The Camelot Caperby Elizabeth Peters
Jessica Tregarth goes to England to visit her grandfather and learn more about her late father's family. But Jessica is barely off the boat before she and ingenious author David Randall are playing a deadly game of cat-and-mouse through Cornwall.See more details below
Jessica Tregarth goes to England to visit her grandfather and learn more about her late father's family. But Jessica is barely off the boat before she and ingenious author David Randall are playing a deadly game of cat-and-mouse through Cornwall.
- Doherty, Tom Associates, LLC
- Publication date:
- Product dimensions:
- 4.19(w) x 6.75(h) x (d)
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The book was small, a paperback edition, with a cover done in shades of blue. In the foreground was the figure of a beautiful young girl, disheveled black hair streaming over her shoulders. She was in genteel dishabille and in considerable distress; her eyes, looking back over her shoulder, were fixed in terror upon the distant outlines of a ruined castle, perched on a cliff, under a darkening sky.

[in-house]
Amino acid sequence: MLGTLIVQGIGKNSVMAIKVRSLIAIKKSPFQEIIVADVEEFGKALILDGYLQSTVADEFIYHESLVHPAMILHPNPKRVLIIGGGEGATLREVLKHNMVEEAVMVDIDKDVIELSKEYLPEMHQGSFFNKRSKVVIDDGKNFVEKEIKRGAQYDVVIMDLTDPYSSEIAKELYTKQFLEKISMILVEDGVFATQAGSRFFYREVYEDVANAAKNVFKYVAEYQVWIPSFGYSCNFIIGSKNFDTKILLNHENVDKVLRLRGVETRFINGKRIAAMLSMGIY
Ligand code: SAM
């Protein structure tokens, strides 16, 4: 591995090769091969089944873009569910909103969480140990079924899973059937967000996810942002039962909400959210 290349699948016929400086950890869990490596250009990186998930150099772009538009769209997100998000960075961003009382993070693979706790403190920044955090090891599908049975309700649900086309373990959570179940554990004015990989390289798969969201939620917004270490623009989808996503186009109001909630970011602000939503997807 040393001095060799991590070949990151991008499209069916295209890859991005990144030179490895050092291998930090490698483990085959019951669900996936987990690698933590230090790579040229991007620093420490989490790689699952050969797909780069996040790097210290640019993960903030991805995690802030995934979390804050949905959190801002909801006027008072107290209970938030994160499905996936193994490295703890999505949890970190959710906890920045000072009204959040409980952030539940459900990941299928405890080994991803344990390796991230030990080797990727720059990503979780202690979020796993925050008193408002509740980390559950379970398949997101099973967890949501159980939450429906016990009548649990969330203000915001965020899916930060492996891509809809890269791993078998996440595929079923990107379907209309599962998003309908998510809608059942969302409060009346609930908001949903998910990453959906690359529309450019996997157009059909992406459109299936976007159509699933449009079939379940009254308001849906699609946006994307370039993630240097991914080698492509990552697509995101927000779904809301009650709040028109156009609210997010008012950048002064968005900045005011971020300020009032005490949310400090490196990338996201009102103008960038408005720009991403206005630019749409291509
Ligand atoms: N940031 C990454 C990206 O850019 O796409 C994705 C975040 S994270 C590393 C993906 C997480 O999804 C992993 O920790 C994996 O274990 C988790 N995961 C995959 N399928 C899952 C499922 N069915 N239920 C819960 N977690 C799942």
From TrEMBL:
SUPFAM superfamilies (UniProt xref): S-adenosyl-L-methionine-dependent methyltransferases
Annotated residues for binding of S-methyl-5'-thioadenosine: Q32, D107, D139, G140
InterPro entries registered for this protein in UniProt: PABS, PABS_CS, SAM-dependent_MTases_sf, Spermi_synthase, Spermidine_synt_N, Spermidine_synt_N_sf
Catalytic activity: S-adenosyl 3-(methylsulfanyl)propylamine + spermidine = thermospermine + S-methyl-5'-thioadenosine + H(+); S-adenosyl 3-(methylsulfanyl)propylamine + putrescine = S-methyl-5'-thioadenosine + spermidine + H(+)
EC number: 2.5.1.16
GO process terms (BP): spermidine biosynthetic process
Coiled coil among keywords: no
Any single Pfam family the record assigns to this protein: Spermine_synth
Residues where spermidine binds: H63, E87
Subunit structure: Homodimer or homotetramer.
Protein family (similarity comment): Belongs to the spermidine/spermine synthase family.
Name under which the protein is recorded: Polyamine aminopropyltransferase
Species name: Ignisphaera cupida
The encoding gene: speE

Jessica glanced down at the book, half concealed in her lap by her clenchedhands. What ghastly danger from the haunted ruins threatened the poor heroine? A man, of course; it was always a man-either a dark-browed hero, whom the vapid heroine suspected of villainy, or a dark-browed villain whose plot the girl had just discovered. She hadn't read the book yet, but she had read a number of similar volumes, and the plots had a monotonous kinship. She suspected she would never read another such thriller. Fictitious terrors lost their charm when they recalled a real fear.
Jess glanced back over her shoulder, not at a ruined castle or Charles Addams house, but at a prosaic stretch of black-topped road. There was not much traffic, and no car remained for long behind the bus, which was jogging along at a leisurely twenty miles an hour.
Reassured, Jess transferred her attention to the side window, where the view was prettier. For more years than she could remember she had looked forward to that view-the green hills of England, looking newly upholstered in their fresh spring grass, dotted with grazing white sheep, covered over with a sky of china blue. This was the England of which the poets sang-almost. The month was May, not April and, Browningnotwithstanding, May was warmer and more pleasant. The first day Jessica had delightedly identified the prickly bushes along the roadside, with their blazing yellow bloom, as gorse. She had found bluebells in the lanes, and smelled the lilac.
That had been yesterday-before the fear began.
Compulsively, her head turned again, her eyes found the road still innocent. The fat lady next to her was looking at her curiously; the plump pink face remained expressionless, but the eyes behind the round, gold-rimmed glasses were shrewd and hostile.